That just means it accepts 1080i input.
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  7. There's no simple answer as to which is better.

    Any decent HDTV will inverse telecine any 1080i film source back to 1920x1080 progressive frames, then display it at the TV's native resolution. A good 1080i film source will look sharper on a 1080p HDTV than on a 720p HDTV (assuming you are sitting close enough to the TV to see the difference).

    Fully interlaced 1080i (live video sources like sports and the news) have to be deinterlaced in some fashion. Smart deinterlacers will maintain the full resolution in non-moving areas but will fall back to half (vertically) resolution in moving areas. This is one reason why much sports (ESPN for example) is broadcast at 720p.

    All the processing going on makes it impossible to predict what will look better on an HDTV. You have to try both options with different sources and you have to know what defects to look for.

    Oh, and upscaling standard definition DVD doesn't make it high definition. About the best you can hope for is for it not to introduce too many scaling artifacts. (There are "super resolution" scaling techniques but I don't think any upscaling DVD player does this.)
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  8. fair enough BUT

    its my TV thats SAY (OnScreen) its displaying 1080x1920i etc etc...

    now if it means it just ACCEPTS an interaced signal and interlacing is for old CRT sets with NO HDMI ports then WHY are manufacturers creating DVD players that will display/output 1080i on HDMI ONLY????

    its as if 1080i/720p etc is aimed at LCD/PLASMA screens....

    If Interlacing is for old sets surely these new DVD players and LCD/PLASMA sets wouldnt even entertain the signal/numbers AND you can only get em on HDMI??? (old sets work on standard ariel cables or scart)
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  9. Member
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    I'm a n00b at this HDTV business having finally bit the bullet in an effort to make my system compatible with my AppleTV. I bought a relatively inexpensive 32" that is 1366x768 "native". I get my TV signal over a roof-top antenna and am quite pleased with the results. Frankly I can see the zits under the actresses' makeup so any higher resolution would be a waste of $$. Of course, none of the stations in my area is b'casting higher than 720p so there's another reason. Additionally, the AppleTV's 720p movies are exquisite. Finally, anything I have (or get) that's less than 720p looks pretty good on the TV.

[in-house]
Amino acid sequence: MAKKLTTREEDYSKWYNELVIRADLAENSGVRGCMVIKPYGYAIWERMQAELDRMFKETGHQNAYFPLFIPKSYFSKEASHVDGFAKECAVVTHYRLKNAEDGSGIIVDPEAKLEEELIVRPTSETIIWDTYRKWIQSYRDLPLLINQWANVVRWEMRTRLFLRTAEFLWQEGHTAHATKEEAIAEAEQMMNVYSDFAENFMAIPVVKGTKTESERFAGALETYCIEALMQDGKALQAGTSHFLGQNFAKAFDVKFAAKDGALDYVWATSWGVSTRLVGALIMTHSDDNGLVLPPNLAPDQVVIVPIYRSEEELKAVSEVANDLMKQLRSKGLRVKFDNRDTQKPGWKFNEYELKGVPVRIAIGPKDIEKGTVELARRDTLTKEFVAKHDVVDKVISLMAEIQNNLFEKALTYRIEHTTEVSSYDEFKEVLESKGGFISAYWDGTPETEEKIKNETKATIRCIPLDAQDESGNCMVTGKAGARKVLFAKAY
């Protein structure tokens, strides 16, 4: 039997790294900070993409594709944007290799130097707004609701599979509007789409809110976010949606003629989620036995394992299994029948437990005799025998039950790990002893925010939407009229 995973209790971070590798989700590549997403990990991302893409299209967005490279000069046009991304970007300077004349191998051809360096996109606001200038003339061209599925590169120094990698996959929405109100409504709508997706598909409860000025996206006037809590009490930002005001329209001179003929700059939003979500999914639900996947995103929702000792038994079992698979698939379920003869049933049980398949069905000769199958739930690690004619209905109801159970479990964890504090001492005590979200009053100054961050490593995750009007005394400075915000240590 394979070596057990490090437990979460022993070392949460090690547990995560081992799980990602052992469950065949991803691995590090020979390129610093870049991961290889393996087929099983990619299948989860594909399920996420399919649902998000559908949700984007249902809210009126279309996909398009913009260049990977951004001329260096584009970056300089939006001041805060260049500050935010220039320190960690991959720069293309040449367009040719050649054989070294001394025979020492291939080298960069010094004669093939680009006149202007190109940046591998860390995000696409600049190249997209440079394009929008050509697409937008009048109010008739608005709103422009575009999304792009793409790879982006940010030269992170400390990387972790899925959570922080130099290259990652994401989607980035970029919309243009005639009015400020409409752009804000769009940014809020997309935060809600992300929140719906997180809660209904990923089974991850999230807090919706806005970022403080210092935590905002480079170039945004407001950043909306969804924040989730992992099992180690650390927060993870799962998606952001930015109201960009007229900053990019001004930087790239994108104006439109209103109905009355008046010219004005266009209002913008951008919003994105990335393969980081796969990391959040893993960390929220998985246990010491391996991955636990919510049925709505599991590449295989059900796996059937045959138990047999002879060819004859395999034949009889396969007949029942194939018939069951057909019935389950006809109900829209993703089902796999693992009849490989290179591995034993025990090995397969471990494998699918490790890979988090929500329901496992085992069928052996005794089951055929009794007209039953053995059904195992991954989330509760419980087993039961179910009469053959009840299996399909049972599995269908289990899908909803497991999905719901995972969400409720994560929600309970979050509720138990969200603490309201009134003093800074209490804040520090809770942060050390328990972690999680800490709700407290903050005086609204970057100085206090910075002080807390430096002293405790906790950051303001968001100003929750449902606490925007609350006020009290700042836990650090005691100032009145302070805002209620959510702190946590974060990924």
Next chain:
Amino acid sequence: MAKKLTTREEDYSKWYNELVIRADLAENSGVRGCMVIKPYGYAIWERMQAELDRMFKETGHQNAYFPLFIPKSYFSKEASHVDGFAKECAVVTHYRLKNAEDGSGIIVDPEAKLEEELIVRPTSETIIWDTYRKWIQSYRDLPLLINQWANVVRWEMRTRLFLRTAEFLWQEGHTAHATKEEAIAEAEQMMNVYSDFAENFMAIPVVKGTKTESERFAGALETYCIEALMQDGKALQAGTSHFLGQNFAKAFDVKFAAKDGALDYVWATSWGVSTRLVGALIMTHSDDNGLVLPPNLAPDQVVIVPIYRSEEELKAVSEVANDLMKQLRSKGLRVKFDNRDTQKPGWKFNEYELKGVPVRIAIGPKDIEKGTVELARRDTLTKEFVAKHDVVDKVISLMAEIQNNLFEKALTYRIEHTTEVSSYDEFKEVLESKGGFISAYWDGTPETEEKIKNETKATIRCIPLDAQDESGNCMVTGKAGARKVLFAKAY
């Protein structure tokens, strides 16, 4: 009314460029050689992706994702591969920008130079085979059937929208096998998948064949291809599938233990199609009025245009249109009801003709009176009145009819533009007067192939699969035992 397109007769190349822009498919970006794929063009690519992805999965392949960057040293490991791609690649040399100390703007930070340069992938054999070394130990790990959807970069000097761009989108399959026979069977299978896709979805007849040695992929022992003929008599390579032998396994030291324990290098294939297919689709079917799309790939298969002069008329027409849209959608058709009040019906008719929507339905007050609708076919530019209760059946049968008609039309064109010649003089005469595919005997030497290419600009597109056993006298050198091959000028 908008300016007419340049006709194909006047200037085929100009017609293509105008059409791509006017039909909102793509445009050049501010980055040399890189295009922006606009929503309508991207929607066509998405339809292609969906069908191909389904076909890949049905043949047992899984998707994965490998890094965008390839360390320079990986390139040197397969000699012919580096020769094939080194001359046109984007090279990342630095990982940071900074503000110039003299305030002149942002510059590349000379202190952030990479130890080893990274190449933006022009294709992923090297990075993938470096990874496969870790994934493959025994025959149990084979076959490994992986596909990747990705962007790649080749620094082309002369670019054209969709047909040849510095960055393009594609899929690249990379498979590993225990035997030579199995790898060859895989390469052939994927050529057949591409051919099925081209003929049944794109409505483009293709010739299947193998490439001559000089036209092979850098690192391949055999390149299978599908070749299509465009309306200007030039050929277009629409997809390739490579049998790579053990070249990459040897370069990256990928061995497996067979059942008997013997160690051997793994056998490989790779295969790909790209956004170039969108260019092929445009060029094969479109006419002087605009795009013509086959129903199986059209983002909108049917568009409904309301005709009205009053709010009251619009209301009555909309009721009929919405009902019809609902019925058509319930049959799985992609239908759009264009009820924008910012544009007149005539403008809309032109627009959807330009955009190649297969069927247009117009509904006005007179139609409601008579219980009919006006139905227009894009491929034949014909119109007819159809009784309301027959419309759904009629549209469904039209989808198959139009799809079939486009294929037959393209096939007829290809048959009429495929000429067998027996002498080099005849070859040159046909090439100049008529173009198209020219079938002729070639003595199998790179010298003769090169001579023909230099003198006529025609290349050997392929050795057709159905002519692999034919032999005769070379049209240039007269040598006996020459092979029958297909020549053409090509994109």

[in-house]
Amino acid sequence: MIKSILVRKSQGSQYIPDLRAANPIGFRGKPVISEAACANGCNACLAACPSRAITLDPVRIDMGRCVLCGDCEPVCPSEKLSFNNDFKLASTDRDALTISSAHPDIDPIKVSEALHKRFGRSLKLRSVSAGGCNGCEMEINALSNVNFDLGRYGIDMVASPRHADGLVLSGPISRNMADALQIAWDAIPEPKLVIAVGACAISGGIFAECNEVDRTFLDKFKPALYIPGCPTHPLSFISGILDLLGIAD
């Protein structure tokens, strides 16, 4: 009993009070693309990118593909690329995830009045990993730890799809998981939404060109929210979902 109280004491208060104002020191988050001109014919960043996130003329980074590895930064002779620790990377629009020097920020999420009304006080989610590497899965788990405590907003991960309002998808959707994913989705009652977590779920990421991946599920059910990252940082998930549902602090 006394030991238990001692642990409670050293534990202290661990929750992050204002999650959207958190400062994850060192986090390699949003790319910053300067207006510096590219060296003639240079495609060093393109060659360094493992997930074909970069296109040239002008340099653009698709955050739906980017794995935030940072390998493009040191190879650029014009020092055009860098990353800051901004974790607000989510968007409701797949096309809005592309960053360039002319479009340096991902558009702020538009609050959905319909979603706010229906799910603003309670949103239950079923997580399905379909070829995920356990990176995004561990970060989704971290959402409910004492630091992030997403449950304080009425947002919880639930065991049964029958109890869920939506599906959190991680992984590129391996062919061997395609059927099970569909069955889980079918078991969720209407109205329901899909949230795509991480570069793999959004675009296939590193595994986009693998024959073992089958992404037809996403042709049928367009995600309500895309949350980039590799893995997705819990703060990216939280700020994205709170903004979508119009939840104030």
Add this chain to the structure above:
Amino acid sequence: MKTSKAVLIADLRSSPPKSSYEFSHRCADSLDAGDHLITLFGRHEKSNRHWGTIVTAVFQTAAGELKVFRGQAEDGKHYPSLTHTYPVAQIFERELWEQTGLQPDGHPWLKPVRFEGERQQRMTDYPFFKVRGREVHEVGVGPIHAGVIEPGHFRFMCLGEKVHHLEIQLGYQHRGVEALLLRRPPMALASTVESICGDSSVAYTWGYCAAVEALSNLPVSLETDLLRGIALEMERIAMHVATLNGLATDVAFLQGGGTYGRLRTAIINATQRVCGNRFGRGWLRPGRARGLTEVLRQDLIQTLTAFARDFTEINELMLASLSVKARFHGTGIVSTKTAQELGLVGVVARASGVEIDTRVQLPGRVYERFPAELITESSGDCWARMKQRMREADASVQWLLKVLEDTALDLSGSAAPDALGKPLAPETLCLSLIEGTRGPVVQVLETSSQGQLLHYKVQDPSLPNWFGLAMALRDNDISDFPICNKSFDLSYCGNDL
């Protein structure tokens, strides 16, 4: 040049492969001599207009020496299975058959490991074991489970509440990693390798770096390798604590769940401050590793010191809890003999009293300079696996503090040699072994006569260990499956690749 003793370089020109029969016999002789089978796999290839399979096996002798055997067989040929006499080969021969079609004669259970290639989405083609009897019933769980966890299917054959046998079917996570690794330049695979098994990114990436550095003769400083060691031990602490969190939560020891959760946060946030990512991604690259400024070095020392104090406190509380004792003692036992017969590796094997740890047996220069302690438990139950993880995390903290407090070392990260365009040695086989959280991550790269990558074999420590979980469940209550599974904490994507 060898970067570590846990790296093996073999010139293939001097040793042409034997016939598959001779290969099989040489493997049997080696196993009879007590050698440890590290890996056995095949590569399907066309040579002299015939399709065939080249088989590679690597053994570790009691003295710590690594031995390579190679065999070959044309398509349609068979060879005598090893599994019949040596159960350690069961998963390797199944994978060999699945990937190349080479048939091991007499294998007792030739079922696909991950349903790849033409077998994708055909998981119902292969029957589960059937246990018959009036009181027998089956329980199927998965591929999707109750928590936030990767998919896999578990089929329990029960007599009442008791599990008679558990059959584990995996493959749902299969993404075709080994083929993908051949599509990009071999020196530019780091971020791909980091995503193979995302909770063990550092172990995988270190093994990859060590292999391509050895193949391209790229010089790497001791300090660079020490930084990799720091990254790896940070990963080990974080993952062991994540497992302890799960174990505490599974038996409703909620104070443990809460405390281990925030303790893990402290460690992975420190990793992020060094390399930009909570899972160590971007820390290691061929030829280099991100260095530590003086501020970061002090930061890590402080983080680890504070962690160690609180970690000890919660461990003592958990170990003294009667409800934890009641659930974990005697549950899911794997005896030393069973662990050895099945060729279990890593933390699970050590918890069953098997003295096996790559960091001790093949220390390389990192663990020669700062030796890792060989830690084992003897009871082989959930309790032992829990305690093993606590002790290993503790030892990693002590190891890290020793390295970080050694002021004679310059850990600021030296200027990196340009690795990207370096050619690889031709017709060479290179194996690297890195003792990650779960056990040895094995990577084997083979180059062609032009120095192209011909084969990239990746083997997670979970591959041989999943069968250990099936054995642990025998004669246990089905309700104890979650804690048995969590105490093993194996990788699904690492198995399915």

Based upon all the discussions, however, it seems I must check out an upconverting DVD player as most owners do sing their praises.

    By the way: BluRay? Nahhh; they may have won the battle but they will lose the war against digital downloads.
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  10. Originally Posted by snadge
    WHY are manufacturers creating DVD players that will display/output 1080i on HDMI ONLY????
    HDMI/HDCP will sunset analog video in 2013. After that date no player with an HDMI/HDCP port will be allowed to output analog video. This sunsetting is happening stepwise. The first step was to limit resolution of high def sources on analog and non-HDCP displays. The next step is to eliminate HD video (even upscaled SD apparently *) from the analog outputs. The final step is to completely eliminate analog output.

    If Interlacing is for old sets
    It's also for broadcast efficiency -- half as much data to send. In fact 720p and 1080i require about the same bandwidth.

    * I suspect the limitation with upscaled SD sources is simply a byproduct of the chips that are use. My guess is the chain looks like this:

    HD source -> decoded to HD frame buffer -> HD frame buffer output to HDMI only

    SD source -> SD frame buffer -> SD frame buffer output to HDMI or analog

    SD source -> upscaled to HD frame buffer -> HD frame buffer output to HDMI only

    The chip that outputs the frame buffer only outputs to HDMI when there is an HD frame. In the case of upscaled SD it doesn't know that the source is really SD.